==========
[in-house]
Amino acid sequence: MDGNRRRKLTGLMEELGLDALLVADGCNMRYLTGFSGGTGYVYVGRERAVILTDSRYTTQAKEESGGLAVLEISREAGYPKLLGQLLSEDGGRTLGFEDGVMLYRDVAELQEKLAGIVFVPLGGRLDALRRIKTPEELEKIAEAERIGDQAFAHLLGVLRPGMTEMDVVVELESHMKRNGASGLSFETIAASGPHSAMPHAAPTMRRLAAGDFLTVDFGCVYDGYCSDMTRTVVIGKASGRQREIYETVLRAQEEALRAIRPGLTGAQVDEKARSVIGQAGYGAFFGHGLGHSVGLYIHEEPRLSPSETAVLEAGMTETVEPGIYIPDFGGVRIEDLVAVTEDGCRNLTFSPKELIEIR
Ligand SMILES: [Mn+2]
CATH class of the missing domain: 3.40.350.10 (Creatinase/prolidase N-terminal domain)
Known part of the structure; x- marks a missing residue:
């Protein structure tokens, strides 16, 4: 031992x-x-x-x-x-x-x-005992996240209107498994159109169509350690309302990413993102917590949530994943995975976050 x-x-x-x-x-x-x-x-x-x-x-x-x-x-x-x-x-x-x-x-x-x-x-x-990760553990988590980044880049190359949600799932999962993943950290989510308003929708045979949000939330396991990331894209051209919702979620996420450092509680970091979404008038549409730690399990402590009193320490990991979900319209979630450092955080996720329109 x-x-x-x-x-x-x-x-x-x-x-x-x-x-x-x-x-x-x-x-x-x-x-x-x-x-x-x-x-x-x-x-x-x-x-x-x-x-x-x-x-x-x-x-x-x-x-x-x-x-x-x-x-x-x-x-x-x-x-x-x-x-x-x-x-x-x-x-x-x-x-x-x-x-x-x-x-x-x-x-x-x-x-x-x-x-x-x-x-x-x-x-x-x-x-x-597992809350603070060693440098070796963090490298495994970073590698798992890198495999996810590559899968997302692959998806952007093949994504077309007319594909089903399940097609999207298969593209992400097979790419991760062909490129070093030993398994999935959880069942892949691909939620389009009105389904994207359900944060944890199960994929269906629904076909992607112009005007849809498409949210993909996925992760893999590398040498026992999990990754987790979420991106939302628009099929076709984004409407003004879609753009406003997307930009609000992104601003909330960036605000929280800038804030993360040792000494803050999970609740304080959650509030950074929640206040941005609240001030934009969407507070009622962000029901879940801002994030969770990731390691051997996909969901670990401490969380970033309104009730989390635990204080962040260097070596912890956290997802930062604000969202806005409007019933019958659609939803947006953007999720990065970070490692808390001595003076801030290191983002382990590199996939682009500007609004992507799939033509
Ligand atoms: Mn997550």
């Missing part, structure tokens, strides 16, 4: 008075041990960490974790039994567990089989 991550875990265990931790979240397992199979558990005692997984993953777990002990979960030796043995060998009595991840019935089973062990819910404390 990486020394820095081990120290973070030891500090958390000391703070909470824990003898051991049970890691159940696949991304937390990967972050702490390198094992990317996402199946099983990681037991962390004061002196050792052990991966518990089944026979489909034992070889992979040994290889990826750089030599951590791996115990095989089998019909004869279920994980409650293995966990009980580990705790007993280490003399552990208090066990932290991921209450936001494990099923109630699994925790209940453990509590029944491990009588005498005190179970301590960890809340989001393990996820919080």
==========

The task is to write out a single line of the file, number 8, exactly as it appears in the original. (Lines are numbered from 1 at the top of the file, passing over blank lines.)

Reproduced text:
């Missing part, structure tokens, strides 16, 4: 008075041990960490974790039994567990089989 991550875990265990931790979240397992199979558990005692997984993953777990002990979960030796043995060998009595991840019935089973062990819910404390 990486020394820095081990120290973070030891500090958390000391703070909470824990003898051991049970890691159940696949991304937390990967972050702490390198094992990317996402199946099983990681037991962390004061002196050792052990991966518990089944026979489909034992070889992979040994290889990826750089030599951590791996115990095989089998019909004869279920994980409650293995966990009980580990705790007993280490003399552990208090066990932290991921209450936001494990099923109630699994925790209940453990509590029944491990009588005498005190179970301590960890809340989001393990996820919080």